1 Department of Materials Science, MCETRC, India
2 Department of Applied Chemistry, Providence University, Taiwan
*Corresponding author: Murthy Chavali, Department of Materials Science, MCETRC, Tenali, Guntur-522201, Andhra Pradesh, India
Submission: April 01, 2018Published: July 26, 2018
ISSN : 2576-8840Volume7 Issue2
In the current study, we have experimentally and comparatively investigated and compared malignant human cancer cells and tissues before and after irradiating of synchrotron radiation using Deep–Level Transient Spectroscopy and X-Ray Photoelectron Spectroscopy (XPS). Malignant human cancer cells and tissues have gradually transformed to benign human cancer cells and tissues under synchrotron radiation with the passage of time (Figure 1 & 2) [1–141].Nanomaterials have been widely used in analytical chemistry as chemical sensor and biosensor materials. Graphene, a kind of nanomaterial, has attracted attention increasingly since it was isolated in 2004 showing promising applications in scientific and technological fields owing to its novel properties such as electrical, thermal, and mechanical properties. Graphene and its derivatives including graphene oxide (GO) have attracted everincreasing attention in recent years as a novel class of 2D carbon-based nanomaterials with the promise of a range of applications. GO has large surface area, excellent conductivity, good chemical stability and easy fabrication; in combination makes GO the paramount materials in the fields of sensors. A graphene oxide (GO) based formaldehyde sensor to detect at room temperature was developed. Graphene oxide was synthesised by modified Hummers method. FT-IR spectra of the graphene oxide revealed these -OH and -COOH functional groups were formed on the graphene surface. XRD patterns also showed the formation of graphene oxide material. The p-type semiconductor sensing material of GO was performed and at room working temperature. It was tested as 10 to 50ppm HCHO concentrations for GO, and the sensor response was raised from 2.11 to 6.98. Using Material Studio 4.3 software, the adsorption phenomena were explained to the HCHO sensing property.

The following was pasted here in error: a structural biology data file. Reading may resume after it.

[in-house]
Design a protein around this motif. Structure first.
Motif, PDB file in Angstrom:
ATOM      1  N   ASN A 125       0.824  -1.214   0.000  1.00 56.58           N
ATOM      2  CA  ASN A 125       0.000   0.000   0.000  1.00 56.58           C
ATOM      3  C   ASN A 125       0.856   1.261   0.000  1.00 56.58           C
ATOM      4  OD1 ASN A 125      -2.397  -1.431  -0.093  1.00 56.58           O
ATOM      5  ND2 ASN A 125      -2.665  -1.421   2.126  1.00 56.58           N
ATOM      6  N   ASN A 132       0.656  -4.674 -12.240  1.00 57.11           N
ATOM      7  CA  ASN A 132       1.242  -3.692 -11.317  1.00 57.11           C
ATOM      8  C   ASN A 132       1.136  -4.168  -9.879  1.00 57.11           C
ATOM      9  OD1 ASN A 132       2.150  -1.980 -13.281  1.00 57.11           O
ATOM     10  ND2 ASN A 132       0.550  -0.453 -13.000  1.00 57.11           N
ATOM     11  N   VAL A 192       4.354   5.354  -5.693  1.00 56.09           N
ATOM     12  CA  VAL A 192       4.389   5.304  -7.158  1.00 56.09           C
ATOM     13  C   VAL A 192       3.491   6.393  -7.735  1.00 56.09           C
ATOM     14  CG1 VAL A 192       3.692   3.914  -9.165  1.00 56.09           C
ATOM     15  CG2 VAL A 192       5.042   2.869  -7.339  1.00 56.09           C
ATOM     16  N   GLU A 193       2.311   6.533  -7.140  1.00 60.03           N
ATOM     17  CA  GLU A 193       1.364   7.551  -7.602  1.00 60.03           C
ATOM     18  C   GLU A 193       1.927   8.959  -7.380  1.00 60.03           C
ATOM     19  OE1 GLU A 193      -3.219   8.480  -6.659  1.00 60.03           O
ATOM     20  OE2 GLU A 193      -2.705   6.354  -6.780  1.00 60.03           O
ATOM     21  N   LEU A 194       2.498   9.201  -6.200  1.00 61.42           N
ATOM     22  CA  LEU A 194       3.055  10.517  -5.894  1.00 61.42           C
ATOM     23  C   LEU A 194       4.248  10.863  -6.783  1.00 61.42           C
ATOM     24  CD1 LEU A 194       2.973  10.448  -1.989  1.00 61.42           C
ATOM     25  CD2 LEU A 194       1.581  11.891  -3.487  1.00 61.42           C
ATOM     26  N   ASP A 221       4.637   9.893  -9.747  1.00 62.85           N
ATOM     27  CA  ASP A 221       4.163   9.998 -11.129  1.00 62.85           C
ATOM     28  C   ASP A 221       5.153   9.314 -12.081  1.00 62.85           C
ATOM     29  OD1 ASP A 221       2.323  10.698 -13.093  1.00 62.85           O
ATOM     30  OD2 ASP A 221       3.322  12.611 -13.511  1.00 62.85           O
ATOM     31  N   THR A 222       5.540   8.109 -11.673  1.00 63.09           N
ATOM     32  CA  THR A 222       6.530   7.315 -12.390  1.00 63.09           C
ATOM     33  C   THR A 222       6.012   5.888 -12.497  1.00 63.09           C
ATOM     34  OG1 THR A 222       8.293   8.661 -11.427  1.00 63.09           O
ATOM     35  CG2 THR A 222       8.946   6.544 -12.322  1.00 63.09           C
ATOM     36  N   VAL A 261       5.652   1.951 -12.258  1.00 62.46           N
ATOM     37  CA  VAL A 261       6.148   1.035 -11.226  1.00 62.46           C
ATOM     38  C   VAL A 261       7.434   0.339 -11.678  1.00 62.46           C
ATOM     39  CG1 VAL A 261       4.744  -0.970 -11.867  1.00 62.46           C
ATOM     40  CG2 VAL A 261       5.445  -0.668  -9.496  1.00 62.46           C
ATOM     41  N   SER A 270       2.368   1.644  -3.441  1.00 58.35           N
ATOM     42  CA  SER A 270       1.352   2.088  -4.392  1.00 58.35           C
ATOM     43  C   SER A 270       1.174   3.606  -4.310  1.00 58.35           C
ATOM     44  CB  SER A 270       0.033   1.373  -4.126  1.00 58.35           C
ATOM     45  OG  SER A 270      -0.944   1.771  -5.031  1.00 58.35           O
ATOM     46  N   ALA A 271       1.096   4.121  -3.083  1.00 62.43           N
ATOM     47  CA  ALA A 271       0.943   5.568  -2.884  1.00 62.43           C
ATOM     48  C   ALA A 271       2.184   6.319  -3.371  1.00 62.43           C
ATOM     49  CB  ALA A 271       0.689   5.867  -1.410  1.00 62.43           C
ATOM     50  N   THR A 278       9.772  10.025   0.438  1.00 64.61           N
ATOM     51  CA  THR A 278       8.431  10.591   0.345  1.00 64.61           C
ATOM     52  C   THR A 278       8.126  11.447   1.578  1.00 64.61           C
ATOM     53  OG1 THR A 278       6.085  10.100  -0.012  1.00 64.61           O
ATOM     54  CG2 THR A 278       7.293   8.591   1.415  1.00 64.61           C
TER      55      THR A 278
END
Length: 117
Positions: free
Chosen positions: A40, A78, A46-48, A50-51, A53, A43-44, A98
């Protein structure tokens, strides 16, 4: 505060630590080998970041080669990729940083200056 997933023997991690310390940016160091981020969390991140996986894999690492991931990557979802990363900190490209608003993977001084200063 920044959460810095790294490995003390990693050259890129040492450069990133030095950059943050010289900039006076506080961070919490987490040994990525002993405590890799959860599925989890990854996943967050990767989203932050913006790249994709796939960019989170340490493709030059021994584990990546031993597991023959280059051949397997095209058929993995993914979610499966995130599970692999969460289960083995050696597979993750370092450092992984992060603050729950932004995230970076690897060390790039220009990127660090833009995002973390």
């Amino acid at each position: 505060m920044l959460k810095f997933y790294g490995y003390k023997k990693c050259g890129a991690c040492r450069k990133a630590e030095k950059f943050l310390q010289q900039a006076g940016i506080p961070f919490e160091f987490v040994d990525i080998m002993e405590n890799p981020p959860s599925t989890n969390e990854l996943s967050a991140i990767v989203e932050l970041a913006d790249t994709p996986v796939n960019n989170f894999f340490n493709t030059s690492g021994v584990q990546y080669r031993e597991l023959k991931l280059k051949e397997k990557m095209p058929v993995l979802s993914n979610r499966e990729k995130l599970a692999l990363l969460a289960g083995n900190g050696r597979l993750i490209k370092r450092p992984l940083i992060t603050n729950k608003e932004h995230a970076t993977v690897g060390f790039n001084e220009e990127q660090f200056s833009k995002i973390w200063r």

Keywords: HCHO sensor; Graphene oxide; Formaldehyde; Adsorption; Desorption